I heard these sentiments over and over, from students and from faculty. When professors said this, I wanted to say, “You’re in charge. Why aren’t you making that space?” But I know why. Academic theater departments, already struggling pre-pandemic, are fighting to stay above water. I can think of at least ten universities that I have some kind of connection with that lost their theater departments (or downgraded from a major to a minor) in 2017-2019. Others have had their budgets cut in half between 2019 and 20201. This includes even departments that regularly win the big awards at KCACTF. It includes the ones who see a majority of their graduates become professionals in the industry. So when they get the green light from their university’s safety monitors to get back to work, they don’t wonder if that’s a great idea. They don’t have a choice.
“Everyone’s stamina is so low right now. We’ve had to change our rehearsal schedule to accommodate it.”
One strange effect of this two years out from doing live theater, is that we are all functioning at diminished capacity for sustained, focused work. We’re going to have to build back up. Several of the schools I met with said that they had experimented with shortening rehearsal sessions, building in an extra day off each week, and, most significantly, getting rid of 10-out-of-12s (an industry standard where, for one or more days of tech week, everyone works basically a 12-hour day, with two hours of breaks sprinkled in. It’s unsafe, it’s ineffective, I don’t do them, and there’s a big industry movement that came out of the pandemic to get rid of this practice). One question people are asking themselves is, “Do we really need to work in the way that we used to?” I had hoped that one thing that would come out of this hard reset on the whole industry is a reconsideration of our unhealthy work culture. It seems like, at least at the university level, that is happening.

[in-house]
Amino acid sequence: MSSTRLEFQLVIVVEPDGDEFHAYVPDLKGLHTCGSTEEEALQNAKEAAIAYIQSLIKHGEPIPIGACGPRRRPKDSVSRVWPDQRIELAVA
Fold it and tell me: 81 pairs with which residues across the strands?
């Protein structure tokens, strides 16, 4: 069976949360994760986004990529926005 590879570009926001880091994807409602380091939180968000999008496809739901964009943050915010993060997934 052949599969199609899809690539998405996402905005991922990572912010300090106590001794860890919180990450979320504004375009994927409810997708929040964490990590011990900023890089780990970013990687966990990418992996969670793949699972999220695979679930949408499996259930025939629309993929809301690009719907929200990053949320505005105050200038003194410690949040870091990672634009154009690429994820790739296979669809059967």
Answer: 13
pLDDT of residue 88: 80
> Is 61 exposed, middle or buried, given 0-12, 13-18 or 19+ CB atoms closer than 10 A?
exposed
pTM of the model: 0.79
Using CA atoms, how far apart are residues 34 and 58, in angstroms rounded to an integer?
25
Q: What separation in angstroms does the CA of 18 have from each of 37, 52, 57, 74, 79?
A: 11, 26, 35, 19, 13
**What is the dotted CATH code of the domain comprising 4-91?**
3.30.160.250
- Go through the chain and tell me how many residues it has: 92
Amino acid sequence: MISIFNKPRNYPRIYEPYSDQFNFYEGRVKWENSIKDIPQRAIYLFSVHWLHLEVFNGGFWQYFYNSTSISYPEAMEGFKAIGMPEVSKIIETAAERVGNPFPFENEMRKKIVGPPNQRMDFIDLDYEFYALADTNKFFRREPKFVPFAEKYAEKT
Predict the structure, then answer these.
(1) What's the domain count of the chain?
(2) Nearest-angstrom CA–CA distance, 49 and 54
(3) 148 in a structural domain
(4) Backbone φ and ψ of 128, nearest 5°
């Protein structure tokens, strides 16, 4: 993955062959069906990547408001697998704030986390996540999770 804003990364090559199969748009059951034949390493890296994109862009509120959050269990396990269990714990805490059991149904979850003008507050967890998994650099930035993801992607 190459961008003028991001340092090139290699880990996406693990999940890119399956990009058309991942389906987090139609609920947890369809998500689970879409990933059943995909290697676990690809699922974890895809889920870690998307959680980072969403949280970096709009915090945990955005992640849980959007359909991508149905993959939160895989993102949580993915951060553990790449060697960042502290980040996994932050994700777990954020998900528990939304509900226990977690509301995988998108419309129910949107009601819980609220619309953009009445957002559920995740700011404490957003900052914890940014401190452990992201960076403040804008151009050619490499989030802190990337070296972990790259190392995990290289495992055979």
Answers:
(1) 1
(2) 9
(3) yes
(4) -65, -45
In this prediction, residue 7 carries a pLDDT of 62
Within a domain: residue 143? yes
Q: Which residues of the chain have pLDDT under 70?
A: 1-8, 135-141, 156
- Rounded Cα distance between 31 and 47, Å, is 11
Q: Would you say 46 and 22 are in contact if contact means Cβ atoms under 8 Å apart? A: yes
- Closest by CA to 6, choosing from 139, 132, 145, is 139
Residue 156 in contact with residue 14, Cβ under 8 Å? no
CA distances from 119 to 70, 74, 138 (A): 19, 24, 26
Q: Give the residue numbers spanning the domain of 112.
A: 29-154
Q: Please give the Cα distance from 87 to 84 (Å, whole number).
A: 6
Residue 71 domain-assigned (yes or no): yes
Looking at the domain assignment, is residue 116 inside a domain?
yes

“Students are more scared to take risks, more scared to make eye contact, more hesitant about making big choices.”
A number of my colleagues mentioned having moments in rehearsal where a student would start some piece of the work, and then stop, look at them, and say, “Wait, is this where I’m supposed to be?” Having been behind the shields of screens for so long, everyone feels the eyes watching them in a new and intense way. “I just have to keep telling them, even if it’s wrong, do it with commitment!” one director told me. That ability to jump in and keep going, to make mistakes in public, takes time to learn. It’s going to take time to re-learn.
“I never realized before how crucial oral tradition is in keeping college theater departments operating. You know, you get your first-years, and they’re in a production with older students, and they learn by watching, This is how we act in rehearsal, these are the expectations, this is the weird trick to get the lights on. We have this ‘COVID gap,’ because the people who are juniors now haven’t been in our theater spaces since they were first-semester freshmen. The younger students have never done an in-person show here. All of that cultural knowledge is lost and has to be rebuilt.”
I think about this idea of theater department culture a lot, perhaps because I float between so many different schools. I’ve often wondered about the mechanisms by which this culture gets created (how much comes from the faculty? How much arises from the students?) and whether one can influence it as it develops. I hadn’t ever considered how it might feel to have it wiped out entirely.
On to the shows:
Today is My Birthday